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Speier Pushes Ryan to Force Farenthold to Repay Settlement

Farenthold pledged to pay back money used to settle sexual harassment complaint

Rep. Jackie Speier wears a pin featuring the name of sexual assault survivor Recy Taylor during a January photo-op in the Capitol’s Rayburn Room to show solidarity with men and women who are speaking out against sexual harassment and discrimination. (Tom Williams/CQ Roll Call file photo)
Rep. Jackie Speier wears a pin featuring the name of sexual assault survivor Recy Taylor during a January photo-op in the Capitol’s Rayburn Room to show solidarity with men and women who are speaking out against sexual harassment and discrimination. (Tom Williams/CQ Roll Call file photo)

California Rep. Jackie Speier wants House Speaker Paul D. Ryan to force Texas Rep. Blake Farenthold to repay an $84,000 sexual harassment settlement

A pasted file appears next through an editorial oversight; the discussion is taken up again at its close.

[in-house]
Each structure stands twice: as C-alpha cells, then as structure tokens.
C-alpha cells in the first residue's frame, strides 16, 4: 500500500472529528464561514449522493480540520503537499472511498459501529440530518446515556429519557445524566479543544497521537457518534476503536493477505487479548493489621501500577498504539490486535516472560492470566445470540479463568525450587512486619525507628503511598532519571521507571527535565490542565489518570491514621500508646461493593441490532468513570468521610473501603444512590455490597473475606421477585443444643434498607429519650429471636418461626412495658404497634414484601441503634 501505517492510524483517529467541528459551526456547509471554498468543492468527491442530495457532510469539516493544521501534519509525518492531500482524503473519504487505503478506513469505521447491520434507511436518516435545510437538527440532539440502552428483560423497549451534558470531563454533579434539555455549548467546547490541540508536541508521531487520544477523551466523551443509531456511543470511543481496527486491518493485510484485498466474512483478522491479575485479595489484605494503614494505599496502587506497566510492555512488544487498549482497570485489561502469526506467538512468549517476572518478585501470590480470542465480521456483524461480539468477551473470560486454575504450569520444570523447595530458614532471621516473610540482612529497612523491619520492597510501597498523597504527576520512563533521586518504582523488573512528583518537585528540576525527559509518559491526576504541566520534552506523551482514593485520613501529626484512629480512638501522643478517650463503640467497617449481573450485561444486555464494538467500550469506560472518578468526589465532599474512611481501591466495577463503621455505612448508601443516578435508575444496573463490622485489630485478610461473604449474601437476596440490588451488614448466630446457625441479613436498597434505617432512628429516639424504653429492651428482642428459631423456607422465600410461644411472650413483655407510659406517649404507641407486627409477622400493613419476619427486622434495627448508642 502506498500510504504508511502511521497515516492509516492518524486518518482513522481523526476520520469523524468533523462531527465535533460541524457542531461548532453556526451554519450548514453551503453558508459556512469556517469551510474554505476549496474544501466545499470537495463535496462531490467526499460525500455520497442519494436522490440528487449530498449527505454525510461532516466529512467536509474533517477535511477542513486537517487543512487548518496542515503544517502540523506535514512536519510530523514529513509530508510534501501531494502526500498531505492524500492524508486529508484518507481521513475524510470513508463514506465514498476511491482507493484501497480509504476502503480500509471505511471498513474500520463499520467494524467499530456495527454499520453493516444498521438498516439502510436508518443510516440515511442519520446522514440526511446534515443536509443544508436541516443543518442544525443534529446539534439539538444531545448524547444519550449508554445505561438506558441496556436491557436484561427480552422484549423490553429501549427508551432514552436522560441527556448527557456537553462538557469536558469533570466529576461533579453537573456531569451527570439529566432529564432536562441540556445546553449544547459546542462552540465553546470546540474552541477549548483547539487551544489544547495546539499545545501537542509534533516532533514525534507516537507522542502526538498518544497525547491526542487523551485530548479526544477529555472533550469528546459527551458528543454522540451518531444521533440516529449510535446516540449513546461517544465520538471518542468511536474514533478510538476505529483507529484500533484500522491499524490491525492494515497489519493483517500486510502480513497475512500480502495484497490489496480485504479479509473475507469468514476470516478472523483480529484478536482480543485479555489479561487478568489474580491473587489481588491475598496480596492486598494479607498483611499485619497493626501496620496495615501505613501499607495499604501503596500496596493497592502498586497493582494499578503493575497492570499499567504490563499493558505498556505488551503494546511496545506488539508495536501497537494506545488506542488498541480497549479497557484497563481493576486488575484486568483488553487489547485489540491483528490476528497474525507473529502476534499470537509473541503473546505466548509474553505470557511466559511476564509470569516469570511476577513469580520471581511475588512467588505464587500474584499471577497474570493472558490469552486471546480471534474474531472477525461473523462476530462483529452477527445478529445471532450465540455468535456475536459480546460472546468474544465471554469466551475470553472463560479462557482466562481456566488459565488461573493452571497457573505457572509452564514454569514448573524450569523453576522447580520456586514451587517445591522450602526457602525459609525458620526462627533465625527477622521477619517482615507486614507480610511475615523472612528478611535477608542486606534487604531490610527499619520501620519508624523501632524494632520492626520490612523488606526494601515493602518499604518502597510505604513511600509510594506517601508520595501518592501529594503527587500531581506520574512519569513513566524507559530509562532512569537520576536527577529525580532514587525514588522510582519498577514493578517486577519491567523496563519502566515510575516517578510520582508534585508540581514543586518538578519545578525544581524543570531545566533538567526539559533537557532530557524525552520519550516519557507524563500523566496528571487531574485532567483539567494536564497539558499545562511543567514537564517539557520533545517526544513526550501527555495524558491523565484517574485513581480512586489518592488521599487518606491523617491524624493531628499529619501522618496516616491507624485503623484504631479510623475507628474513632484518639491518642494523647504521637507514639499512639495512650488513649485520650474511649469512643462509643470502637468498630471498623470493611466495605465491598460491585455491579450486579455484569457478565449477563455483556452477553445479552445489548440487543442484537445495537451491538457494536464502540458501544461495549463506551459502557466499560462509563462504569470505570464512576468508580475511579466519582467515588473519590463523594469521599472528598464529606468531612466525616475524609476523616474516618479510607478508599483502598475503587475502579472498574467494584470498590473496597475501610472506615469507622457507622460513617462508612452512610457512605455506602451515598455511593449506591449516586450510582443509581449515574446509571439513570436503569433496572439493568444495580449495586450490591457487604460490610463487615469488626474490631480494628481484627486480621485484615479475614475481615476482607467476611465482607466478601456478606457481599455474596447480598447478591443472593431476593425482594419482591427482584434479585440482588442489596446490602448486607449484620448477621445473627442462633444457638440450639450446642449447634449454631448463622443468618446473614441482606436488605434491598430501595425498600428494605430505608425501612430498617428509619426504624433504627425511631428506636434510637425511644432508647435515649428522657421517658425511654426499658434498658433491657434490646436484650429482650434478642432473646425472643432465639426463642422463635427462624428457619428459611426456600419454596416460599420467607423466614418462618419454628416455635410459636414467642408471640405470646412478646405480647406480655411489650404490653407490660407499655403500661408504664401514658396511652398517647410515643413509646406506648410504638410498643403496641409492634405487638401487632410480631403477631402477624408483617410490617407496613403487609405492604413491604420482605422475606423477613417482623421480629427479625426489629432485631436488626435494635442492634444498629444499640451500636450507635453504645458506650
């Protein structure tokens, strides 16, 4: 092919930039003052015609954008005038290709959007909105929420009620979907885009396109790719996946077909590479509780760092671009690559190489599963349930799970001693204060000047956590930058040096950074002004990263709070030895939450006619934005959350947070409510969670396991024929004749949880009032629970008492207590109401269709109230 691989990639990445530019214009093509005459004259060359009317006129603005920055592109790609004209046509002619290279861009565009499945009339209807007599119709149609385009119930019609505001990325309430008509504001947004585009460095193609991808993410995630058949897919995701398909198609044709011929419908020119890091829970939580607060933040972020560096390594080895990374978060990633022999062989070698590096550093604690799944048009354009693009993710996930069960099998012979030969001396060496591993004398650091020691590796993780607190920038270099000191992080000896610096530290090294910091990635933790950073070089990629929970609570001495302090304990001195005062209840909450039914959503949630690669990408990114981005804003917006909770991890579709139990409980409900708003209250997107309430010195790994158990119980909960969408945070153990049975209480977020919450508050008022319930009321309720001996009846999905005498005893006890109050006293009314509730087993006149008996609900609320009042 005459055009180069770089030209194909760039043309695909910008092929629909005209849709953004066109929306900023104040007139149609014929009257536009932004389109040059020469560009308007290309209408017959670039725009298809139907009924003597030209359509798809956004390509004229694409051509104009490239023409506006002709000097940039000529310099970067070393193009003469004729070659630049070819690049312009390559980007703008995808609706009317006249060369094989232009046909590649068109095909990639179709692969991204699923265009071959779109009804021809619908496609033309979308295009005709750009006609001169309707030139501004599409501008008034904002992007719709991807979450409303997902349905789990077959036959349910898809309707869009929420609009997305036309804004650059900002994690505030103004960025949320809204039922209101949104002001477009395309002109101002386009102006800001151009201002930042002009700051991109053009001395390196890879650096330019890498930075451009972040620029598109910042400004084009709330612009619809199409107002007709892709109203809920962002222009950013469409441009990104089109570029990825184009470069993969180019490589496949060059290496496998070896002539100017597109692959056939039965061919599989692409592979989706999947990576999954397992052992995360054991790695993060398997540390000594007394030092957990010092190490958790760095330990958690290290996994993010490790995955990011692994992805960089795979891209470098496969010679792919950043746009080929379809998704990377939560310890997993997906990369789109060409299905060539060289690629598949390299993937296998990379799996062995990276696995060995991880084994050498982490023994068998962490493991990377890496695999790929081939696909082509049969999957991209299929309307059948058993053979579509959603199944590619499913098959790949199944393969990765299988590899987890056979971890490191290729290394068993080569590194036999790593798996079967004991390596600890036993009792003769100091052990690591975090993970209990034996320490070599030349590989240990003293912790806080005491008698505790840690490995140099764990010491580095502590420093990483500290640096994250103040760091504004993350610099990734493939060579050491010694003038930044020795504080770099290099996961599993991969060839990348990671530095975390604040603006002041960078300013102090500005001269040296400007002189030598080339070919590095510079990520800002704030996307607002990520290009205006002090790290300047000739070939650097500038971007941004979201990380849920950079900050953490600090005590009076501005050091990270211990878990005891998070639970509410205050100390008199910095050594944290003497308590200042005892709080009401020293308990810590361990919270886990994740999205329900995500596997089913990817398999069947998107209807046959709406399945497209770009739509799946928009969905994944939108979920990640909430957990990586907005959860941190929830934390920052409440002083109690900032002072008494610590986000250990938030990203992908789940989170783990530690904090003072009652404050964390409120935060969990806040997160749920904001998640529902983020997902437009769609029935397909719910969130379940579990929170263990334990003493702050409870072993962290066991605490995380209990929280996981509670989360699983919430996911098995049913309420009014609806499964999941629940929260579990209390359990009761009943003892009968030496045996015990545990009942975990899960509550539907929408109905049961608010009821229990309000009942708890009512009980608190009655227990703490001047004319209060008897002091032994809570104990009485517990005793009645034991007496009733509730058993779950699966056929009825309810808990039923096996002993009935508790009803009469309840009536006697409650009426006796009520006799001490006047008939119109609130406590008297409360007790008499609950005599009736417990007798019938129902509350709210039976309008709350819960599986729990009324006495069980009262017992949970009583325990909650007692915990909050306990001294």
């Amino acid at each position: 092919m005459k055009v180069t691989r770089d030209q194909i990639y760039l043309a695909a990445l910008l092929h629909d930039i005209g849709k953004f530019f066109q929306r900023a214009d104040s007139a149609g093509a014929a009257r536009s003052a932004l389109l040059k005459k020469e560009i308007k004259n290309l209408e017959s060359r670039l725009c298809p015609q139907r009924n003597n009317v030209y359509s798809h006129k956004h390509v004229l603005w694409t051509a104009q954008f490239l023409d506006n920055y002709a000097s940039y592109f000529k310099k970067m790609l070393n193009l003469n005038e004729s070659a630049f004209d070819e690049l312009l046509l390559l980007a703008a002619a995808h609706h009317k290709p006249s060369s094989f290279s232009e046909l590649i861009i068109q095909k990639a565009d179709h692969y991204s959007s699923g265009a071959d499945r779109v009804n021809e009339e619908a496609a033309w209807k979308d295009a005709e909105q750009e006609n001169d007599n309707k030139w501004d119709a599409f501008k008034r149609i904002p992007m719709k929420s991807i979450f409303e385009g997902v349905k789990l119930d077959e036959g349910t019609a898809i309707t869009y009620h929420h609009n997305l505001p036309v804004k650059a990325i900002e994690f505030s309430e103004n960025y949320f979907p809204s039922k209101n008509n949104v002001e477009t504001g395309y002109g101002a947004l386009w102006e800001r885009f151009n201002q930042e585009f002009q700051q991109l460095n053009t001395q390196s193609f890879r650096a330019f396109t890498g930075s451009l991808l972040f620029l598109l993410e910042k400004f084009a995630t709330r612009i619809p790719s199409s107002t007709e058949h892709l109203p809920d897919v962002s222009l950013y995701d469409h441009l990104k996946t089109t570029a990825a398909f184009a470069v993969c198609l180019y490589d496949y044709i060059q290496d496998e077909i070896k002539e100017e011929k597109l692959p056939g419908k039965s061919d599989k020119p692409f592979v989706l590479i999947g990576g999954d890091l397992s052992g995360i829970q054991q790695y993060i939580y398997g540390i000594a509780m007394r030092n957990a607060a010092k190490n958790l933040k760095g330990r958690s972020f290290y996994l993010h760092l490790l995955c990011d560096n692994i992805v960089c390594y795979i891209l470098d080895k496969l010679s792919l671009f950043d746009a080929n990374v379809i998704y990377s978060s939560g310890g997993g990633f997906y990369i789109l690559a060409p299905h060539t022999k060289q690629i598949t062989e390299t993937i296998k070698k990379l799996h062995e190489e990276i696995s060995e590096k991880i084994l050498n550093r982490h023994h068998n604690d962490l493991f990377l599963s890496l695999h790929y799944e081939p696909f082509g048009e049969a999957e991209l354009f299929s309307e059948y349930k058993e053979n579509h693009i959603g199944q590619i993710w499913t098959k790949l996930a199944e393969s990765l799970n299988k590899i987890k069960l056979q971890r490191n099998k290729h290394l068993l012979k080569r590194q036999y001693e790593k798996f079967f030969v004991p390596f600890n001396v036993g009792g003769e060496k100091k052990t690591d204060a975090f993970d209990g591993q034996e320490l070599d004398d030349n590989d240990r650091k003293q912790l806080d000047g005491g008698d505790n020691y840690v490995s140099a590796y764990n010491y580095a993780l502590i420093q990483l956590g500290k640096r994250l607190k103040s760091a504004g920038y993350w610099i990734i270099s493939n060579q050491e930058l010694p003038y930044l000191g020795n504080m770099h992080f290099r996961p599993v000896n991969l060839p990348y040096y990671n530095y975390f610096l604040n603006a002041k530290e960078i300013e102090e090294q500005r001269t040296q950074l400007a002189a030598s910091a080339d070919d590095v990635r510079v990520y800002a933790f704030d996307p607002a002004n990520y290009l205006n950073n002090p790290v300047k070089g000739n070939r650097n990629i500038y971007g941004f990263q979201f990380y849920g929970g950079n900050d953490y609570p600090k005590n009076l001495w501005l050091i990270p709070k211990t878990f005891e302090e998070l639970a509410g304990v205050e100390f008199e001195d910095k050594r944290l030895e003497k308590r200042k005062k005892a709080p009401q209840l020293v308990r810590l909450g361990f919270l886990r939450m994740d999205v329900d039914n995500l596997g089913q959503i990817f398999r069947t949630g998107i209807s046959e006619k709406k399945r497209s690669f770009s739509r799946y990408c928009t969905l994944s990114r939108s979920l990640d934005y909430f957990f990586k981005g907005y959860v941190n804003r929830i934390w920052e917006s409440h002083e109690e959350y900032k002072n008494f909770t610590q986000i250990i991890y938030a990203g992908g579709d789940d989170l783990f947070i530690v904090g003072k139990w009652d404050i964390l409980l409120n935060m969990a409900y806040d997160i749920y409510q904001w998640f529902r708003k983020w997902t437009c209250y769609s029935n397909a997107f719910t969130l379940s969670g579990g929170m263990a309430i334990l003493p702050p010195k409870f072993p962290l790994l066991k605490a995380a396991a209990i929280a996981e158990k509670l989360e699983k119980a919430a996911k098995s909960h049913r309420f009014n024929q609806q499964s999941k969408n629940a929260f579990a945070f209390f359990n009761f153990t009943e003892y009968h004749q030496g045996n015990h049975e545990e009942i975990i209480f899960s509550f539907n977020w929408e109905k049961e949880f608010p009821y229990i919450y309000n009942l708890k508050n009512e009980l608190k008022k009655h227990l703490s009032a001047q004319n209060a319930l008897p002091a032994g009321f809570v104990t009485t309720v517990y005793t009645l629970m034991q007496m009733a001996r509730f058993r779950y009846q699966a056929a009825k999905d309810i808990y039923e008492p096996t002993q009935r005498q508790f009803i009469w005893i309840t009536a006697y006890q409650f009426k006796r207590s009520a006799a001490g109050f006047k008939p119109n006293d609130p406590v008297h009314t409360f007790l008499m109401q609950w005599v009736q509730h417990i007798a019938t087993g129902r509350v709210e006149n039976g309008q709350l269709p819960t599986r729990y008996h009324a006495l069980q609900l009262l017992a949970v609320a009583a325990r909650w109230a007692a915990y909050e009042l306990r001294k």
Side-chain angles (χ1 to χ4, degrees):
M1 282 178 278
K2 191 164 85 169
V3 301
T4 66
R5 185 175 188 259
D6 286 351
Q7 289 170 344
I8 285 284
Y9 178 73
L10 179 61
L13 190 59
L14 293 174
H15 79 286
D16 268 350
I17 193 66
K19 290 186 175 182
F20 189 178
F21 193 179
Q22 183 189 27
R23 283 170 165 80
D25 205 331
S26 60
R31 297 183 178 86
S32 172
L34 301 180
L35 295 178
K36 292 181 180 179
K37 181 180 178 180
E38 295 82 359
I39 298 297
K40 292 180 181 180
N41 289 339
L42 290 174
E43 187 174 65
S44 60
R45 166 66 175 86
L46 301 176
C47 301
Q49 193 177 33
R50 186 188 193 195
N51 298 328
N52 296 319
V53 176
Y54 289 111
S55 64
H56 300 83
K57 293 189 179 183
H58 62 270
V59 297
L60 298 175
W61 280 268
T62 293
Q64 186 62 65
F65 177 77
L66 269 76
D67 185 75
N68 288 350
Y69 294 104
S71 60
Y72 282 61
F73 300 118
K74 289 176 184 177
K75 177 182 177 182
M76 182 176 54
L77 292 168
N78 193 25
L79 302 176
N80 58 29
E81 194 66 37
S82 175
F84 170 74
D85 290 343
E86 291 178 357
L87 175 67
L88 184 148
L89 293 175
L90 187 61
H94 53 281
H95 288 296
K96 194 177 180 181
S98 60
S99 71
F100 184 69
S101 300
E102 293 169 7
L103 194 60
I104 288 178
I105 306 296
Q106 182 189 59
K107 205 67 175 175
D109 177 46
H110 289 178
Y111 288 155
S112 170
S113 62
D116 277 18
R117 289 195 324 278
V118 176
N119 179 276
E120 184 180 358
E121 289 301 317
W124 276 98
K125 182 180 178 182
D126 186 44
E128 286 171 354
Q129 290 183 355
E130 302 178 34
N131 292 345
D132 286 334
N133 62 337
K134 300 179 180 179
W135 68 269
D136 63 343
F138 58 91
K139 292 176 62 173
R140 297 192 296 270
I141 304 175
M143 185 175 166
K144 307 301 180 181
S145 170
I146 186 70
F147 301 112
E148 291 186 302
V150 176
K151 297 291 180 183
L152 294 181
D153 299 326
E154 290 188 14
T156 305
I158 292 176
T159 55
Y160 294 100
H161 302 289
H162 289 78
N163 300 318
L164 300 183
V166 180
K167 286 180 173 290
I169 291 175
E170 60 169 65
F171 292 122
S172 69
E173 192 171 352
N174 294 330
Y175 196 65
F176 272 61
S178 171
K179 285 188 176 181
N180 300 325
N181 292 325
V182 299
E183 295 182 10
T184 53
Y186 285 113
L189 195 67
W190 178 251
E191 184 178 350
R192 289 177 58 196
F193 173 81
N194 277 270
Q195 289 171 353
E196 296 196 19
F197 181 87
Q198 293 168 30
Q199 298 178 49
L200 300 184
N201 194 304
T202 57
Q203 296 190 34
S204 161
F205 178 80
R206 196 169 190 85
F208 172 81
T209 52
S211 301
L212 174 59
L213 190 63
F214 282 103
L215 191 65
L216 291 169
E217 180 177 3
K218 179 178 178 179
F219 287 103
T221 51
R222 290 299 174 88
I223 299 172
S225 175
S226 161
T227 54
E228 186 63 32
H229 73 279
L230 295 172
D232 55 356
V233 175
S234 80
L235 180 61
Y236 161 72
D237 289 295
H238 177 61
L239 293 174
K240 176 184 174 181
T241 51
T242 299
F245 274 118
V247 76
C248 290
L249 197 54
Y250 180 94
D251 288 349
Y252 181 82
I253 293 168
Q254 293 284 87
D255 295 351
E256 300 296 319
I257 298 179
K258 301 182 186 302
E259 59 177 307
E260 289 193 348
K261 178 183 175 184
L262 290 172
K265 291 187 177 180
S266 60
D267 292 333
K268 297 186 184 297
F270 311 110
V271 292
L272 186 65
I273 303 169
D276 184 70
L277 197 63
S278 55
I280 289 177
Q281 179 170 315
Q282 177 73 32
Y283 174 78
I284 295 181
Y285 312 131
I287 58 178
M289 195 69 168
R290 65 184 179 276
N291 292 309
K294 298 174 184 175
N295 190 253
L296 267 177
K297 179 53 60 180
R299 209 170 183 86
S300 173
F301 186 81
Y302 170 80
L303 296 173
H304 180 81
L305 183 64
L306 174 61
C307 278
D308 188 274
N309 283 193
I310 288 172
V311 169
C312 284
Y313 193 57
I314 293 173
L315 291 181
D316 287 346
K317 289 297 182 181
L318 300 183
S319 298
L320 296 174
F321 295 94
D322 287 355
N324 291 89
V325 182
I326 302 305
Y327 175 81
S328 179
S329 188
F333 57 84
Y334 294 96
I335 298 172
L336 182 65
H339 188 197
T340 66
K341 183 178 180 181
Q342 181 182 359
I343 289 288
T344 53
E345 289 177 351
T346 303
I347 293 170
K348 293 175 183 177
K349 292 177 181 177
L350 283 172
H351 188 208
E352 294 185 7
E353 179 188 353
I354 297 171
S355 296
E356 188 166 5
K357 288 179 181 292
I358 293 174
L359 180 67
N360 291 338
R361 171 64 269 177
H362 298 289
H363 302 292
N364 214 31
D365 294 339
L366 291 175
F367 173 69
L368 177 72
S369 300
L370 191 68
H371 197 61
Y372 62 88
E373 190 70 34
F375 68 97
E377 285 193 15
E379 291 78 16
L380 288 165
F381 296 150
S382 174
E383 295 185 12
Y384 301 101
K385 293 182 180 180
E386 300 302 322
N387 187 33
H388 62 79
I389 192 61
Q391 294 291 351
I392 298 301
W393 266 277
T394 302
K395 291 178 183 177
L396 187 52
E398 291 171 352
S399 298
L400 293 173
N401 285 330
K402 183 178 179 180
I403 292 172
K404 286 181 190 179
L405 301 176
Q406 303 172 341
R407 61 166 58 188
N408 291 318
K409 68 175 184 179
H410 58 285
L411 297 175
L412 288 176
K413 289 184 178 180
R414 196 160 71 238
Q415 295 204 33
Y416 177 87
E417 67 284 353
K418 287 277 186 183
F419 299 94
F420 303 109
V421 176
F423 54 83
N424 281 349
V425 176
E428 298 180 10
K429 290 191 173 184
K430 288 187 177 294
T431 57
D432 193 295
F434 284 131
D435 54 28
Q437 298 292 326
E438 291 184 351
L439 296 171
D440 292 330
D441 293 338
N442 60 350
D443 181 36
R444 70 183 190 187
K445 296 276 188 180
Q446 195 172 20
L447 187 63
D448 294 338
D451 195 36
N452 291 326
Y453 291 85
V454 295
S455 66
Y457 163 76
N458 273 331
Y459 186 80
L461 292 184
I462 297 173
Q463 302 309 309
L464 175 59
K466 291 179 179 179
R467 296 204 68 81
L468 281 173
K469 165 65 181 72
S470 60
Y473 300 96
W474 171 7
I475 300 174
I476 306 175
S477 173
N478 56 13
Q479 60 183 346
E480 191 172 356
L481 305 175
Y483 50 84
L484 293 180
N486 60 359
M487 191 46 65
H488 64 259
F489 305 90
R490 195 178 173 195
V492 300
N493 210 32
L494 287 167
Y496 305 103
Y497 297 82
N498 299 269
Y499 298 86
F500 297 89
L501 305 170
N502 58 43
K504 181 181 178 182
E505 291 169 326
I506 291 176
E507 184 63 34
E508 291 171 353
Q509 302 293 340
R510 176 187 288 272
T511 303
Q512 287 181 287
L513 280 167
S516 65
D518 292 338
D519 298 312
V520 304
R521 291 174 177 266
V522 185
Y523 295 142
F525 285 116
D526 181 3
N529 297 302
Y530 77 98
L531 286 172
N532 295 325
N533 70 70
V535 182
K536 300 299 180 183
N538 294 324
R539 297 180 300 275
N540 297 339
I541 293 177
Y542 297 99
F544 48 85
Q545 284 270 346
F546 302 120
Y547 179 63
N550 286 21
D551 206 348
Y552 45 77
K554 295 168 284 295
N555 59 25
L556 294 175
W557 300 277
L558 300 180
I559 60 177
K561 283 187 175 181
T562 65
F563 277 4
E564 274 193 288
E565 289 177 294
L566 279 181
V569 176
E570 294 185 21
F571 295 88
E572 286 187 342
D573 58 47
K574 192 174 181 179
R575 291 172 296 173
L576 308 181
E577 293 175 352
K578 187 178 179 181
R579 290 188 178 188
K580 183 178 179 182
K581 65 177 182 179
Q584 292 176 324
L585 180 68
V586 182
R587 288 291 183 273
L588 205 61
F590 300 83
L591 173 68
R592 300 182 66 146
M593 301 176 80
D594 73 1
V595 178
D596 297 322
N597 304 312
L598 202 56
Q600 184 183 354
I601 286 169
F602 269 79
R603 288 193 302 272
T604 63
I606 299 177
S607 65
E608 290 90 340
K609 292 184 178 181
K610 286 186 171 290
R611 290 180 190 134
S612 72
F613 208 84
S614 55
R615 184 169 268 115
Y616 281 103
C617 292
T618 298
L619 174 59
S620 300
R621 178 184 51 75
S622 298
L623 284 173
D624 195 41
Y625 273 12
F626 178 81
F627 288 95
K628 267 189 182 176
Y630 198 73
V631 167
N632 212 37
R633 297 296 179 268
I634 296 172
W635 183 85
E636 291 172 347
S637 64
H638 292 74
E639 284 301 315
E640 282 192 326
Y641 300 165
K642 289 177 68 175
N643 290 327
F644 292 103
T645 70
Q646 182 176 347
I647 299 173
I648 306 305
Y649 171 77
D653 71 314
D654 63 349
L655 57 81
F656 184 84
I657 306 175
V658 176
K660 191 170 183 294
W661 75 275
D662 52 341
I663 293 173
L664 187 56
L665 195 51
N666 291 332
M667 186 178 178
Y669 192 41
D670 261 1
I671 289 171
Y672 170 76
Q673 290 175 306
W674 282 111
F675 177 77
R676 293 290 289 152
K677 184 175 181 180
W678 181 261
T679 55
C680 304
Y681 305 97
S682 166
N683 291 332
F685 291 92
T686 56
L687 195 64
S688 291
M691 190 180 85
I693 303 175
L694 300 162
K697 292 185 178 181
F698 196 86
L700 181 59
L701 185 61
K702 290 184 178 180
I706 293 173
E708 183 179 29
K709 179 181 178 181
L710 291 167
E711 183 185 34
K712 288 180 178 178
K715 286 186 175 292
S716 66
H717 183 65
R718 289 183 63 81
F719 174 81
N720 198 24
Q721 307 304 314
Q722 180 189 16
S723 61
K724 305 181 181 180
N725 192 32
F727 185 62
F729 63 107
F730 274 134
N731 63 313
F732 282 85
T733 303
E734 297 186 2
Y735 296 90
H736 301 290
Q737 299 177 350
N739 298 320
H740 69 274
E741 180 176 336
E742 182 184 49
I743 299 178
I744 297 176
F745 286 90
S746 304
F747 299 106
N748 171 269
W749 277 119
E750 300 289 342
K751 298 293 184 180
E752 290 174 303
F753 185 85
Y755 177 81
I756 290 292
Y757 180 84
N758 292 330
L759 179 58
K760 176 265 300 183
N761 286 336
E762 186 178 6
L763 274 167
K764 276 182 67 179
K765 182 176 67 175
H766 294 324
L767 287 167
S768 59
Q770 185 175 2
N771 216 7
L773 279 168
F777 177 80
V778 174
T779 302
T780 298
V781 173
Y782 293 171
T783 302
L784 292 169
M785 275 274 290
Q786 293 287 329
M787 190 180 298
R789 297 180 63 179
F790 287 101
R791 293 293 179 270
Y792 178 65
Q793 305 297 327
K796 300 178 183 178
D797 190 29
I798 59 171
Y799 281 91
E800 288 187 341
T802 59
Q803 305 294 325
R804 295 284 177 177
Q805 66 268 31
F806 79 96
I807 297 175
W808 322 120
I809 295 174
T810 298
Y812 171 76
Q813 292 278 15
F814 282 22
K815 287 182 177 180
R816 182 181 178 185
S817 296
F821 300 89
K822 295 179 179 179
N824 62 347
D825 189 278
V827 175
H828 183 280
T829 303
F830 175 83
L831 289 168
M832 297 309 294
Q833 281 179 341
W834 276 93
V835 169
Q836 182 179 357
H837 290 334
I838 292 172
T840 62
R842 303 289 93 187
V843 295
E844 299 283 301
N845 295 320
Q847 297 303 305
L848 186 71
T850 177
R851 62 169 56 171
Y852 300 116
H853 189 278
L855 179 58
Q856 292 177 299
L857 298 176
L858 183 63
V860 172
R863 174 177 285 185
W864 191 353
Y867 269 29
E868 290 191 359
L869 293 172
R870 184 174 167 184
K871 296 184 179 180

In a letter to Ryan last week obtained by HuffPost, the California Democrat called on Ryan to make sure Farenthold fulfilled his promise to pay back the federal government.

“I urge you to make sure that Congressman Farenthold keeps his promise to the American people and reimburses the U.S. Treasury immediately for the full amount of the settlement,” she said.

Farenthold settled the 2014 sexual harassment complaint by his former communications director in 2015 and later promised to pay the money back.

Speier’s letter criticizes Farenthold for changing his reasons for not paying back the money. First, he said he wanted to see the changes in the Congressional Accountability Act. Then, after that passed, he said his lawyer told him to wait to see how it was enacted.

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The House Ethics Committee announced and later expanded its probe into claims of harassment in Farenthold’s office.

“However this is not relevant to Congressman Farenthold’s public pronouncement that he would pay back the money for which taxpayers have already been on the hook,” she wrote.

Speier has been critical of taxpayer dollars being used to settle sexual harassment claims.

Farenthold announced in December that he would not run for re-election this year after the House Ethics Committee announced that it was setting up a subcommittee to look into allegations of sexual harassment against the Texas congressman